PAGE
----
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Helical Pile Connection Bolts - SAE or ASTM?

by Wayne Thompson, PE, LEED AP

January, 2014

A Few Seemingly Minor Differences are in Fact Not So Minor When

It Comes to Structural Engineering Calculations


We at CTL|Thompson have encountered some confusion lately regarding the bolts being used for connections.  To be honest, the issue was brought to our attention and we had to dig a little deeper.  For those of you who deal with connection design on a daily basis, feel free to jump to a different article.  For the rest of us…prepare to be bored.

SAE J429 bolts are not the same as ASTM A325 bolts or ASTM A490 bolts.  Not Earth shattering (nor remotely interesting), but let’s continue.  If you have heard of a Grade 5 bolt, it’s likely an SAE J429 Grade 5 bolt.  Same thing goes for a Grade 8 bolt.  A lot of people know that a Grade 5 bolt has the same material strength and material characteristics of an ASTM A325 bolt.  Similarly, a Grade 8 bolt is similar in metallurgy to an ASTM A490 bolt.  For those of us who do structural engineering, it sounds like the bolts can be interchanged.  Not so fast.SAE and ASTM Bolts - Picture Courtesy of Fastenal

The ASTM bolts are the ones that are most commonly used in the steel design manuals for connection design.  They are manufactured to some specific, stringent criteria.  In addition, they have some geometric differences.  First, ASTM A325 and ASTM A490 bolts have larger hex heads, which allow for a greater bearing area on the base metal when the bolts are tightened.  Second, the thread lengths are shorter than for Grade 5 and Grade 8 bolts.  Therefore, there is a much greater degree of certainty that the shear plane of a bolted connection will not go through the threads.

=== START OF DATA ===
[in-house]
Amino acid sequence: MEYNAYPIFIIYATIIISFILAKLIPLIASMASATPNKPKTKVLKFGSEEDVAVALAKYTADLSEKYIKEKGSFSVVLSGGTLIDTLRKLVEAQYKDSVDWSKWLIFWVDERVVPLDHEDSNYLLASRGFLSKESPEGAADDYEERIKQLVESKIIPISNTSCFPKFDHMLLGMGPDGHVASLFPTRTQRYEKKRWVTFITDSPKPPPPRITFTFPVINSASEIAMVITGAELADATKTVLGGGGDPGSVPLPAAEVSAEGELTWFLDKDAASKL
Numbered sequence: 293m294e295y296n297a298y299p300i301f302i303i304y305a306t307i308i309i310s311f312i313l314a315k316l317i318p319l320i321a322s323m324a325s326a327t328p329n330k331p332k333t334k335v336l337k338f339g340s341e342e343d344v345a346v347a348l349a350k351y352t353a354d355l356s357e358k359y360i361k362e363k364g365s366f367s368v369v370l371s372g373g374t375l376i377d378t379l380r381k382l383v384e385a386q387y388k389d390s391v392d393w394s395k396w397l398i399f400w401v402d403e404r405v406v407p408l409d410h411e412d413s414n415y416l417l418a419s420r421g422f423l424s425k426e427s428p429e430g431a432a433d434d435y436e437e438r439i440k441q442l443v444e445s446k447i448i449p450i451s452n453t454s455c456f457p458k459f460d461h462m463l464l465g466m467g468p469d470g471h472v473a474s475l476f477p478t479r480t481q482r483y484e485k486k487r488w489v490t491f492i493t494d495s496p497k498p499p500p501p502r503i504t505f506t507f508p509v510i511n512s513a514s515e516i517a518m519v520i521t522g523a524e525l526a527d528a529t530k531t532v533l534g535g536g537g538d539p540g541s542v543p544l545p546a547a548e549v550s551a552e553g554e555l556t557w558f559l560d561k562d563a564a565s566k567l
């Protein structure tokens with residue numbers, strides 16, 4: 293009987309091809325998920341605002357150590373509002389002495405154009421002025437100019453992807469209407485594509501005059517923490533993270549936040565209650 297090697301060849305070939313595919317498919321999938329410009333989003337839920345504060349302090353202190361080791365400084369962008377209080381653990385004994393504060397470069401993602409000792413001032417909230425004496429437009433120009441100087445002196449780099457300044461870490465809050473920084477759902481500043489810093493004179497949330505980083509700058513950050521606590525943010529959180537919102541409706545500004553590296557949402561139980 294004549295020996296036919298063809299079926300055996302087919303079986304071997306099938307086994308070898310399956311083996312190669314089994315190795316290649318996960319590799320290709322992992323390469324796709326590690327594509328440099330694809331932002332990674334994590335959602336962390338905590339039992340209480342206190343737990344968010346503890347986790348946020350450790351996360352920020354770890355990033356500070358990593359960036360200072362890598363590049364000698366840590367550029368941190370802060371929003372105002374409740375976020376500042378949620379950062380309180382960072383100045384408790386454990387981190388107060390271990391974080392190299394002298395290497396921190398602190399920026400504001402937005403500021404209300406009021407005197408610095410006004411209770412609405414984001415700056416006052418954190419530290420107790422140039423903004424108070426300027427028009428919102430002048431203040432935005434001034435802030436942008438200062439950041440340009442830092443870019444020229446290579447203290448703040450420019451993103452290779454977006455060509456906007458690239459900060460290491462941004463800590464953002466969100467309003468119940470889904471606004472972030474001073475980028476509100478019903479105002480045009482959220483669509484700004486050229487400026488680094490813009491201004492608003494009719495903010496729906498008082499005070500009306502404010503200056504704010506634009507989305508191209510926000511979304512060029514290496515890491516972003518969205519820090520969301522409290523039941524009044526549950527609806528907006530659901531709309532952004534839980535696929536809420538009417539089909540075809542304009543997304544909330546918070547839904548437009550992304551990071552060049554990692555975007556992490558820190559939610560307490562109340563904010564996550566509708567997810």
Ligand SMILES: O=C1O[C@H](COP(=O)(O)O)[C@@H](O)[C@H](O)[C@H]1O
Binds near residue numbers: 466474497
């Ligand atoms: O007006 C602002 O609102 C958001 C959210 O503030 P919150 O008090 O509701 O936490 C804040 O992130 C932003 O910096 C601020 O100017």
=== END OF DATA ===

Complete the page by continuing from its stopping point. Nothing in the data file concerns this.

Fastenal has addressed this issue, with some very helpful illustrations, on their website.

http://www.fastenal.com/content/feds/pdf/Article%20-%20Structural%20Bolts.pdf

What does this mean to the helical pile community?  Designs should be very specific as to the type of bolts used, the lengths of the threads, the location of the threads in relation to the shear planes, and any allowance for substitutions.  As an engineer, my recommendation would be to use the ASTM bolts, since that is the default that all civil / structural engineers are taught in college.  Plus, the prescribed thread length for those bolts is so short that there is low chance of threads being in the shear plane.

Readers with questions or comments can reach Wayne by:

Phone - 720-347-0054

Email - wthompson@ctlthompson.com